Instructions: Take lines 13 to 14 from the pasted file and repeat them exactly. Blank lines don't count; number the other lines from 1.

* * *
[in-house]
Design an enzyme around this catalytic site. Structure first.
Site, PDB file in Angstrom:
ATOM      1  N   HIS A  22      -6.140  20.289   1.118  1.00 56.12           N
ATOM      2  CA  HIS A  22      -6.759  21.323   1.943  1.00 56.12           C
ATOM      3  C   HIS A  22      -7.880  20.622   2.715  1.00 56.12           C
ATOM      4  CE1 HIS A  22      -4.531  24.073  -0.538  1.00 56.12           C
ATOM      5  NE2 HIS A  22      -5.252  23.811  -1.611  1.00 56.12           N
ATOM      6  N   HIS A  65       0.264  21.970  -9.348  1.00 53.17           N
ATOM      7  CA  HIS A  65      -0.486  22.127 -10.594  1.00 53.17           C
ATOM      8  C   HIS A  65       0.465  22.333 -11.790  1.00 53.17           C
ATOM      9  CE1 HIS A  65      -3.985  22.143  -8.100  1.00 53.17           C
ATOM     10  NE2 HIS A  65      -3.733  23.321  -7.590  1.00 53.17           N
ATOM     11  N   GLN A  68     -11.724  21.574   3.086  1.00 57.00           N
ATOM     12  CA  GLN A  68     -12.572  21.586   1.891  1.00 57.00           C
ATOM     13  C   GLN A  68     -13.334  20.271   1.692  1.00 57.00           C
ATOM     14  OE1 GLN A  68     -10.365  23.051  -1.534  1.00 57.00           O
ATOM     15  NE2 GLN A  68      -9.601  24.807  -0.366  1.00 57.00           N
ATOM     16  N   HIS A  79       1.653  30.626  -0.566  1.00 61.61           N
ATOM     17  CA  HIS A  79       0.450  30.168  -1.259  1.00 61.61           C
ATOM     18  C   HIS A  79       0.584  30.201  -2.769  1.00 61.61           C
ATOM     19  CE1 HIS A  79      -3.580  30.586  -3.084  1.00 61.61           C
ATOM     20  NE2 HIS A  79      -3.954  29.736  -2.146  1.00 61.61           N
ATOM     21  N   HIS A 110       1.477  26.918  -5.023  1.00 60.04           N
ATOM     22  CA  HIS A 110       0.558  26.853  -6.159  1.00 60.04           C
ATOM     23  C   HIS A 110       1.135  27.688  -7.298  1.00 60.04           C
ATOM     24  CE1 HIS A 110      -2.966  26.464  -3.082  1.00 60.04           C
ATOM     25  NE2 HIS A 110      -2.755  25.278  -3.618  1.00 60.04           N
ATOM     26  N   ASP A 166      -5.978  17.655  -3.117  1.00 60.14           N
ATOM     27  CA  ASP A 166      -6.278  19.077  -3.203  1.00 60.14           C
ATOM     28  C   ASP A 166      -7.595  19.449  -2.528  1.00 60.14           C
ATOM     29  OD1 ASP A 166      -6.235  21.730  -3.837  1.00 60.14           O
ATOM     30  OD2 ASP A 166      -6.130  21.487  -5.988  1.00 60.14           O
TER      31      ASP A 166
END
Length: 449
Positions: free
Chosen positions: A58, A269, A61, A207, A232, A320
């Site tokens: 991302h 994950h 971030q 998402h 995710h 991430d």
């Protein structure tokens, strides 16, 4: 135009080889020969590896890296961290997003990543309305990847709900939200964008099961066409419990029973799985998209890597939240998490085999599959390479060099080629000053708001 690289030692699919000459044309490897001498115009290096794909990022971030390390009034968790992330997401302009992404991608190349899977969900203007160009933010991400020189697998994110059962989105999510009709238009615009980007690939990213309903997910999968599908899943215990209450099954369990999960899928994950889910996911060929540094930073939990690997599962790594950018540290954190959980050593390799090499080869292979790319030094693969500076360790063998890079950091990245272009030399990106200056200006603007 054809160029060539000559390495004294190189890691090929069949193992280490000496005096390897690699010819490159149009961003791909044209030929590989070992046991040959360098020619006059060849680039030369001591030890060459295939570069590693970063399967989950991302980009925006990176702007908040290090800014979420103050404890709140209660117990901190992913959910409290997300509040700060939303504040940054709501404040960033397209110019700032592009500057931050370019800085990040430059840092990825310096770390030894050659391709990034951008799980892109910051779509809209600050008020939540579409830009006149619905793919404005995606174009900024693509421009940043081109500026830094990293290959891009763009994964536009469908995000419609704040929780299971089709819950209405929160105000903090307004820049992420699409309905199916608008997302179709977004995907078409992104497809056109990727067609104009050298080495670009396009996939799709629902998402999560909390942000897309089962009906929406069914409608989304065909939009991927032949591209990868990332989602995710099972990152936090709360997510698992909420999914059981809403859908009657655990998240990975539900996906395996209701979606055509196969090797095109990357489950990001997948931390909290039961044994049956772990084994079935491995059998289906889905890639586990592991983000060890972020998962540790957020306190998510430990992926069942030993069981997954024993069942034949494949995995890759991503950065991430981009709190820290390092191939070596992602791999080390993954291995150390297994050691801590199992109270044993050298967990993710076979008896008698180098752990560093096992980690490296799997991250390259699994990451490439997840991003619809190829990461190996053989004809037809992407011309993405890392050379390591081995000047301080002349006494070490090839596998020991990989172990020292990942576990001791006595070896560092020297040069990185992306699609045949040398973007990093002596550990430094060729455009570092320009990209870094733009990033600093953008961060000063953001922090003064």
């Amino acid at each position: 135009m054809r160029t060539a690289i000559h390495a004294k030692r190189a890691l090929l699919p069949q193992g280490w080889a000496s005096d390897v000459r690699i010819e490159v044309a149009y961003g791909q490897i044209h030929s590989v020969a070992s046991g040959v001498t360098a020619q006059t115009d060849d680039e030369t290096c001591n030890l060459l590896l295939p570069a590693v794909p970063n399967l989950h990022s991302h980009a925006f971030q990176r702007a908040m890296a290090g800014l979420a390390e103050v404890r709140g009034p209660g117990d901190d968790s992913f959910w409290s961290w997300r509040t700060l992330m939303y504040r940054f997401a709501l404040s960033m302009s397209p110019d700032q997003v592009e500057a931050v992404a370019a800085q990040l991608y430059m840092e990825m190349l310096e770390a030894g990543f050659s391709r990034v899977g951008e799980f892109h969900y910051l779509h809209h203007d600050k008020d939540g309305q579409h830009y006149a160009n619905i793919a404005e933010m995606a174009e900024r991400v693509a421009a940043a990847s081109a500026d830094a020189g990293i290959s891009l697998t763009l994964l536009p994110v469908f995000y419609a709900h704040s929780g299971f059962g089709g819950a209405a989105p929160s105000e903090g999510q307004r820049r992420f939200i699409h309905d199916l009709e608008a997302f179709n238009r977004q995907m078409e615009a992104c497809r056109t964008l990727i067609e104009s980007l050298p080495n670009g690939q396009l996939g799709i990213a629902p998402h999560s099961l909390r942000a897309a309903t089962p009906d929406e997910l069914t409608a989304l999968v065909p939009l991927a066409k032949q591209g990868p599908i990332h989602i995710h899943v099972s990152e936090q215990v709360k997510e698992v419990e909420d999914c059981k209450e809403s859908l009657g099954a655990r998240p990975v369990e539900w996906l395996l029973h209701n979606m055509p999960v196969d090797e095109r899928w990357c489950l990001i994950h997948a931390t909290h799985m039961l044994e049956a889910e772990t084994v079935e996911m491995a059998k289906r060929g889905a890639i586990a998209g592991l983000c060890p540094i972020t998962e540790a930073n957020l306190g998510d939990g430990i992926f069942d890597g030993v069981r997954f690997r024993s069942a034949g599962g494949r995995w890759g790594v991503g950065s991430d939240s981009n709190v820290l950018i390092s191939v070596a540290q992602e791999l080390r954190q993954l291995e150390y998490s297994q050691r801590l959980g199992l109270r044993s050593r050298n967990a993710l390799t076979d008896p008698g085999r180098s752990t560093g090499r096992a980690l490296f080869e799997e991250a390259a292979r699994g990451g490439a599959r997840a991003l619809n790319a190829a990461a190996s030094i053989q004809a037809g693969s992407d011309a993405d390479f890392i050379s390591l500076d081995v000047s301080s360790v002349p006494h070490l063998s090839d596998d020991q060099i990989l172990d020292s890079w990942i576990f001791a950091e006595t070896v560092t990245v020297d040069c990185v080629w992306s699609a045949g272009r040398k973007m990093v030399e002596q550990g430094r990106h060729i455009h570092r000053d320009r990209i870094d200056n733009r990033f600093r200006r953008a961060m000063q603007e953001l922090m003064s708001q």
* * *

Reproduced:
ATOM     10  NE2 HIS A  65      -3.733  23.321  -7.590  1.00 53.17           N
ATOM     11  N   GLN A  68     -11.724  21.574   3.086  1.00 57.00           N